There are only three kinds of classic meetings:
- Information. This is a meeting where attendees are informed about what is happening (with or without their blessing). While there may be a facade of conversation, it's primarily designed to inform.
- Discussion. This is a meeting where the leader actually wants feedback or direction or connections. You can use this meeting to come up with an action plan, or develop a new idea, for example.
- Permission. This is a meeting where the other side is supposed to say yes but has the power to say no.
PLEASE don't confuse them. Confused meeting types are the number one source of meeting ennui. One source of confusion is that a meeting starts as one sort of meeting and then magically morphs into another kind. The reason this is frightening is that one side or the other might not realize that's actually occurring. If it does, stop and say, "Thanks for the discussion. Let me state what we've just agreed on and then we can go ahead and approve it, okay?"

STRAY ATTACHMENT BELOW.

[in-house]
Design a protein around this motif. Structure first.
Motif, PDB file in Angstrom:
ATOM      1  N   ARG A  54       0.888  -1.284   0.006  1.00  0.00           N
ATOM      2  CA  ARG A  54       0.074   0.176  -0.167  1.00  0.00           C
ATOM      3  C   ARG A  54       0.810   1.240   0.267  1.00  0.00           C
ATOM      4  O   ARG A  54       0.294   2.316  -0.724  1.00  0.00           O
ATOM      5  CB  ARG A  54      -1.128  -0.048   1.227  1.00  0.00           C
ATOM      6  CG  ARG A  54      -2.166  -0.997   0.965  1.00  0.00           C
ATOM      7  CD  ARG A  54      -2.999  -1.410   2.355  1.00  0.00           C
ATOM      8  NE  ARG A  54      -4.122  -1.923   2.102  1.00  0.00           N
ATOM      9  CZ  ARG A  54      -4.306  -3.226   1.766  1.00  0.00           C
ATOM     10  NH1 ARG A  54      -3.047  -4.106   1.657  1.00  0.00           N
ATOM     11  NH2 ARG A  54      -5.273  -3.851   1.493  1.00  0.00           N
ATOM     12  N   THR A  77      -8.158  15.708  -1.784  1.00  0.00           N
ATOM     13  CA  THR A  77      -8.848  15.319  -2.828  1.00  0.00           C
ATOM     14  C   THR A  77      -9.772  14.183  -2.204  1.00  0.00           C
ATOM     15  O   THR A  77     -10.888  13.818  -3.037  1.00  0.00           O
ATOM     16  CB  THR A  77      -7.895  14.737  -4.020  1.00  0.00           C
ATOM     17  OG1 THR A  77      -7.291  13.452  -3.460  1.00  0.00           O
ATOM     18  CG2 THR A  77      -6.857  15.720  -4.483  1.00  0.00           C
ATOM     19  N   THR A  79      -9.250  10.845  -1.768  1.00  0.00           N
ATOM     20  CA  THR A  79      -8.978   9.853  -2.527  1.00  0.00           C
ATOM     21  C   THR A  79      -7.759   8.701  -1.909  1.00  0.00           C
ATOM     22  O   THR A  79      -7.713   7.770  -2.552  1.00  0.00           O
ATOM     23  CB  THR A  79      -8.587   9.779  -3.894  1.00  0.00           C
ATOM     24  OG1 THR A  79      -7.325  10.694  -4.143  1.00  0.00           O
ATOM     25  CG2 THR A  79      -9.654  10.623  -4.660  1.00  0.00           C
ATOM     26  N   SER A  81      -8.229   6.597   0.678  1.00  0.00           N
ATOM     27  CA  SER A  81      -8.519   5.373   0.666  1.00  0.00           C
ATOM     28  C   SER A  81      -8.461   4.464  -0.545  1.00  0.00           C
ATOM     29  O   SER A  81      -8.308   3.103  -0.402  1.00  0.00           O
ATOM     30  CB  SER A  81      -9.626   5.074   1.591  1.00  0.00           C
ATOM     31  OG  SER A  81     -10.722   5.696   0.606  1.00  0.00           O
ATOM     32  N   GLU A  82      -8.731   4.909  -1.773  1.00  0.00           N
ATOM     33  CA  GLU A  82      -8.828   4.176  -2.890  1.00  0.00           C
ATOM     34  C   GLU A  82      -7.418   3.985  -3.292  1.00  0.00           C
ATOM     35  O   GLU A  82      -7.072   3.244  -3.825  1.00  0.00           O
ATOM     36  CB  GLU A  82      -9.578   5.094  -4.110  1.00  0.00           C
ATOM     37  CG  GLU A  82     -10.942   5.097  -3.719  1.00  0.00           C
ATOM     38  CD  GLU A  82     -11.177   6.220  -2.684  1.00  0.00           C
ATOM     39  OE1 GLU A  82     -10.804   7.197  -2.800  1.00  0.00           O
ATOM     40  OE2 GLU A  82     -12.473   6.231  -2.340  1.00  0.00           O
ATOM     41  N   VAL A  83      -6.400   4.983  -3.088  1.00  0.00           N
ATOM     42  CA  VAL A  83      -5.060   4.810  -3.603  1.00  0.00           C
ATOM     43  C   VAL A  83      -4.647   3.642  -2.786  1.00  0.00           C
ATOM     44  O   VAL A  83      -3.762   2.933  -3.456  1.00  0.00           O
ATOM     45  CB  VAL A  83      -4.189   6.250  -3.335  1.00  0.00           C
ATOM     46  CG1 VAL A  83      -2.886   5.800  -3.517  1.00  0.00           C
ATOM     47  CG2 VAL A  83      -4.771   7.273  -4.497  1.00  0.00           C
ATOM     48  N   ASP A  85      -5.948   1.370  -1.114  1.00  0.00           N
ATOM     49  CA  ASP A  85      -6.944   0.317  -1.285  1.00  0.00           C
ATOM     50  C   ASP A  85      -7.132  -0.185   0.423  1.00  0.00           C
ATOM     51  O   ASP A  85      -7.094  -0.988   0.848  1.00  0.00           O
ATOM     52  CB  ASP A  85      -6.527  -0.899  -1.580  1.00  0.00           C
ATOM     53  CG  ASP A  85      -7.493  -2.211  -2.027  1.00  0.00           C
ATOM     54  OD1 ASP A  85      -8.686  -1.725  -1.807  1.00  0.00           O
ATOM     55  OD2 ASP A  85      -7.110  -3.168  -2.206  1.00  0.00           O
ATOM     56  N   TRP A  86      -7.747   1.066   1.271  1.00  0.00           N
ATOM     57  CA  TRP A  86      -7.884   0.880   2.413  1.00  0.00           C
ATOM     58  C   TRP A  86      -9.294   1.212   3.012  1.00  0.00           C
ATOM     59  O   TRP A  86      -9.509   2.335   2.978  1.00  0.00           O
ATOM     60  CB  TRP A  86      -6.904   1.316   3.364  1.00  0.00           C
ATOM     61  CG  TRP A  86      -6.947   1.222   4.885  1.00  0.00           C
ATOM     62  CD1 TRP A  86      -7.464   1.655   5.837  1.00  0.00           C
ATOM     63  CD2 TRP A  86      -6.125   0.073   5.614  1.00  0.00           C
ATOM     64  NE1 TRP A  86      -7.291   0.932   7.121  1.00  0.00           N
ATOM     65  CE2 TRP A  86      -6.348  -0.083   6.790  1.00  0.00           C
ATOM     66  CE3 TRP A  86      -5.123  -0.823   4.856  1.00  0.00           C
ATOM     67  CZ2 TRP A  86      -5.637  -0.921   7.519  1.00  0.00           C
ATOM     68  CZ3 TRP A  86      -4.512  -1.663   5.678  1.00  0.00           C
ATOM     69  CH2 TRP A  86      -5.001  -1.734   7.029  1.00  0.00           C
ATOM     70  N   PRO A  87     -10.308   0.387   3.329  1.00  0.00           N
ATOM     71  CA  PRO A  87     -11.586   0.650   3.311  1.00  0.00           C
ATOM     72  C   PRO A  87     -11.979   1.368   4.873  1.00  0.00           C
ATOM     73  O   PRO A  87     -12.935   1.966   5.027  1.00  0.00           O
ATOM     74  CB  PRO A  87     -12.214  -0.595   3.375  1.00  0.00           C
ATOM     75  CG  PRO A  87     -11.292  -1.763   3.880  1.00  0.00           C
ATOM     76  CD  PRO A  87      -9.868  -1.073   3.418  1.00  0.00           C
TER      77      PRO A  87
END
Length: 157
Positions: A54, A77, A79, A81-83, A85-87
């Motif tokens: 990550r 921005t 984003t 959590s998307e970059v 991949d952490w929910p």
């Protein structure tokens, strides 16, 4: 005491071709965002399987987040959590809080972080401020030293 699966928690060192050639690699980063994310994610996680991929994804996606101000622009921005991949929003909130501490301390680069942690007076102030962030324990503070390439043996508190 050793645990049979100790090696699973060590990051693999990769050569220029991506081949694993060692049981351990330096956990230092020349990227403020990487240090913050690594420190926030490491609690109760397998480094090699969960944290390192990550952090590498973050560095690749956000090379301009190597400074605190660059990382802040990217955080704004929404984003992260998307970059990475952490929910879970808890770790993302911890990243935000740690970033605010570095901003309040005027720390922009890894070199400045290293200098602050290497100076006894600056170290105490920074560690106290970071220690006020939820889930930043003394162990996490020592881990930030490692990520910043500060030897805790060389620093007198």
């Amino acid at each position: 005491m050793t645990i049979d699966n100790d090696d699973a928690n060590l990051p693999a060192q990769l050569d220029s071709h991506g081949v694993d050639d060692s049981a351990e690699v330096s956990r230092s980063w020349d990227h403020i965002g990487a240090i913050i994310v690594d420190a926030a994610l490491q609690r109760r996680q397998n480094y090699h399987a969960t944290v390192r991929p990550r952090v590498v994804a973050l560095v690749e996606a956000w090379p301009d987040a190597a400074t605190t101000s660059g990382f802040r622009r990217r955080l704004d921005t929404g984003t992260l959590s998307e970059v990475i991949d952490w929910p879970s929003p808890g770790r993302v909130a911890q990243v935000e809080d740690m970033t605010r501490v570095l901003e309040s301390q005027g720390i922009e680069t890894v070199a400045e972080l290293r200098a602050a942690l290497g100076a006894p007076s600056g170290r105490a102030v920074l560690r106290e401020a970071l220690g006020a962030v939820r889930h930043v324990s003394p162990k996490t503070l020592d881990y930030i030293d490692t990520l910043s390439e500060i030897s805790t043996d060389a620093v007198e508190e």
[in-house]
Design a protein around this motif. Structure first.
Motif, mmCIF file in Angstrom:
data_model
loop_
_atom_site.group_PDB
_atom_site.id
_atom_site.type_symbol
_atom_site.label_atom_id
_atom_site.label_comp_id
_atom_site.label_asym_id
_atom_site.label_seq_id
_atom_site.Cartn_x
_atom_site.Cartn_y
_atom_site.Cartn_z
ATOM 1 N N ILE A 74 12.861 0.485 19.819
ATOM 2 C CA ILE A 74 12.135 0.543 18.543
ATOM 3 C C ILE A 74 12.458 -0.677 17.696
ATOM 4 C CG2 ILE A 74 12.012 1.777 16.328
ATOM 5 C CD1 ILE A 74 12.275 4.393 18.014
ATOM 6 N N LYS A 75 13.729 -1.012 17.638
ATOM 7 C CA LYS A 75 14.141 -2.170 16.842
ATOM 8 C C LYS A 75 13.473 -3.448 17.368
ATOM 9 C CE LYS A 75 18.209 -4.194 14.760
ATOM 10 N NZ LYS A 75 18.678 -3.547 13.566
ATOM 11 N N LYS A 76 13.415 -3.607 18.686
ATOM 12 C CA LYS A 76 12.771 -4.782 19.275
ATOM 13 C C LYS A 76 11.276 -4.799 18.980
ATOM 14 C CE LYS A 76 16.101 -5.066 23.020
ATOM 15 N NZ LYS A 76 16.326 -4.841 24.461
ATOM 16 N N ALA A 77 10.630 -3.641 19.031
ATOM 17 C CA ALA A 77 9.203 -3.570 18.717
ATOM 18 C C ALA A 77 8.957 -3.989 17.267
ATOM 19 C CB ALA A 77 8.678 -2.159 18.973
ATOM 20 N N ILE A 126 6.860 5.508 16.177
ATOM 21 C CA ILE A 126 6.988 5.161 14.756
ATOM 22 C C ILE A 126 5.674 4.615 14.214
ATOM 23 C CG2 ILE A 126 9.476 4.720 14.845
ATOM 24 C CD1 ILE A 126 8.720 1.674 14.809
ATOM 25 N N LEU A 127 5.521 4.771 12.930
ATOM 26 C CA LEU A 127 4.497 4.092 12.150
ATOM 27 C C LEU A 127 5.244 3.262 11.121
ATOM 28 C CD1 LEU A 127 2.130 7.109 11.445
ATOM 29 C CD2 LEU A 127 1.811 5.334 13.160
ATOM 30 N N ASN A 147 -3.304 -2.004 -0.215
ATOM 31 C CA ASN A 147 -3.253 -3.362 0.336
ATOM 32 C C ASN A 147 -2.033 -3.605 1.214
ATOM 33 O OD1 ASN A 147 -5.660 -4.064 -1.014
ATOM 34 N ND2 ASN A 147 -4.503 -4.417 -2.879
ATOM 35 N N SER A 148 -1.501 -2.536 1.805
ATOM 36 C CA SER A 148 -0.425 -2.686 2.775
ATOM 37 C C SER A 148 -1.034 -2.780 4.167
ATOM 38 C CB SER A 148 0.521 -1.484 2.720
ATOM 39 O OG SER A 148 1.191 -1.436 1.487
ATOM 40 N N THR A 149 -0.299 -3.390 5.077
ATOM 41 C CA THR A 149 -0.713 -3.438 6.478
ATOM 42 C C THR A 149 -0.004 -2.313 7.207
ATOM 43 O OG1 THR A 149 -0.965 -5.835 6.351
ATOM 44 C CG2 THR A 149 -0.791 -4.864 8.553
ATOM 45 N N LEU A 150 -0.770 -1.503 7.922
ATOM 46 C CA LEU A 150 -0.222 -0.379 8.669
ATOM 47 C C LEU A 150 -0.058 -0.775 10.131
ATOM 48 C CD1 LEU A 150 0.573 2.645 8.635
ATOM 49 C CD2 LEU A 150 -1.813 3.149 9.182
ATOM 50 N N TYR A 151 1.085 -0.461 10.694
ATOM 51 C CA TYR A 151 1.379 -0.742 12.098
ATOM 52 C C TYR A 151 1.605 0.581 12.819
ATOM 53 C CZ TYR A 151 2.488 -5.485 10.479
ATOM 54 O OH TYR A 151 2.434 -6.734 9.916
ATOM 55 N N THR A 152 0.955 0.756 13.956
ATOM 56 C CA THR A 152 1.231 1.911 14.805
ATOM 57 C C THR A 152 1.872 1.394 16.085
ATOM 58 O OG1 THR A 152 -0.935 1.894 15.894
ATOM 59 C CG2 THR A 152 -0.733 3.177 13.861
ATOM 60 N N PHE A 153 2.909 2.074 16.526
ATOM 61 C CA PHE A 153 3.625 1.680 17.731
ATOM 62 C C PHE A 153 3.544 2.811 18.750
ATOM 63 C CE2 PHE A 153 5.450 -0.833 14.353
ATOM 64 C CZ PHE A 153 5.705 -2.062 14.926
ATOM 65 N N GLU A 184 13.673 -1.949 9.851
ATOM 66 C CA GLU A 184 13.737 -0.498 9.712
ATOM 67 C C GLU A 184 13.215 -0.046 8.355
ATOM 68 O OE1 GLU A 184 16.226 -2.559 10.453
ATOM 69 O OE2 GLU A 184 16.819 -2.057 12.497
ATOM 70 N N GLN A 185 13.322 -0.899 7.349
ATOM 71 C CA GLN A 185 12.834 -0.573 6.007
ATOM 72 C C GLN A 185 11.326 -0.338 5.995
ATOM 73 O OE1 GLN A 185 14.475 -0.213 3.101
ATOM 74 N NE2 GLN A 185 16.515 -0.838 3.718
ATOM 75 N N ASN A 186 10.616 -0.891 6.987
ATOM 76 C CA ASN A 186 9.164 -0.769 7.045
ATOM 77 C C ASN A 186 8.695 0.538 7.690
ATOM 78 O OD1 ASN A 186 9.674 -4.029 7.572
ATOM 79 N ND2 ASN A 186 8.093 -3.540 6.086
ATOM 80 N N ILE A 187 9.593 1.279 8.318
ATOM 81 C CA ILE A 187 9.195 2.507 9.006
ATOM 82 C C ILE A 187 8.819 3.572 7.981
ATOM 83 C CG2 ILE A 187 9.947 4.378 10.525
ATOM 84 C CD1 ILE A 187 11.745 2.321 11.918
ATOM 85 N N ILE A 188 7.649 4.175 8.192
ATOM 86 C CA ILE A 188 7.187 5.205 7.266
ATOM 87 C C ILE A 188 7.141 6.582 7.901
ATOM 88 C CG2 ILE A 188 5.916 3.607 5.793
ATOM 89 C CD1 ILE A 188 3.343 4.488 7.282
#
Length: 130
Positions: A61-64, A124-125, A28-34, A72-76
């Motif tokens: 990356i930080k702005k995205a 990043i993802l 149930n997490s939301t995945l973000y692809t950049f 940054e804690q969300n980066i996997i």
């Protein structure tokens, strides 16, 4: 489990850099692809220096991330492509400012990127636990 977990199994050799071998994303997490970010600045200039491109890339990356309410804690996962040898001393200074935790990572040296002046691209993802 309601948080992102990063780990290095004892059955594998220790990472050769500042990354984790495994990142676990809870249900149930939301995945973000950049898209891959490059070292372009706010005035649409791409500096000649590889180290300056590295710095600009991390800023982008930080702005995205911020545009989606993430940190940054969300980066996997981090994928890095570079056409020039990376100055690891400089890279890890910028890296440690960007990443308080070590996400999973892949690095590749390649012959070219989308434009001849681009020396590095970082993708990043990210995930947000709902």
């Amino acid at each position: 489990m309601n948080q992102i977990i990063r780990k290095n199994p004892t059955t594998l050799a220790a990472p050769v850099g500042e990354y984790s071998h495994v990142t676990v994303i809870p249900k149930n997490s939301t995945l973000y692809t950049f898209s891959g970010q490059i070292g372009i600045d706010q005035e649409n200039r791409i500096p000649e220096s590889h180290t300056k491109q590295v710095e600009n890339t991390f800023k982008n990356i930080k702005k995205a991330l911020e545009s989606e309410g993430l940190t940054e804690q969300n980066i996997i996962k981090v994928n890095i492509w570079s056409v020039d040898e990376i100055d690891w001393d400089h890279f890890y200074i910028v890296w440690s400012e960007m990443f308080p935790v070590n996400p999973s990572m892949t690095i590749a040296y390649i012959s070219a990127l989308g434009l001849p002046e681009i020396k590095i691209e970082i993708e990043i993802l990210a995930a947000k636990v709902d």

While I'm at it, let me remind you that there are two kinds of questions.
- Questions designed to honestly elicit more information.
- Questions designed to demonstrate how much you know or your position on an issue and to put the answerer on the defensive.
There's room for both types of questions, particularly in a team preparing for a presentation or a pitch. Again, don't confuse them. I like to be sure that there's time for the first type, then, once everyone acknowledges that they know what's on the table, open it up for the second, more debate-oriented type of question.
Source: Seth Godin's blog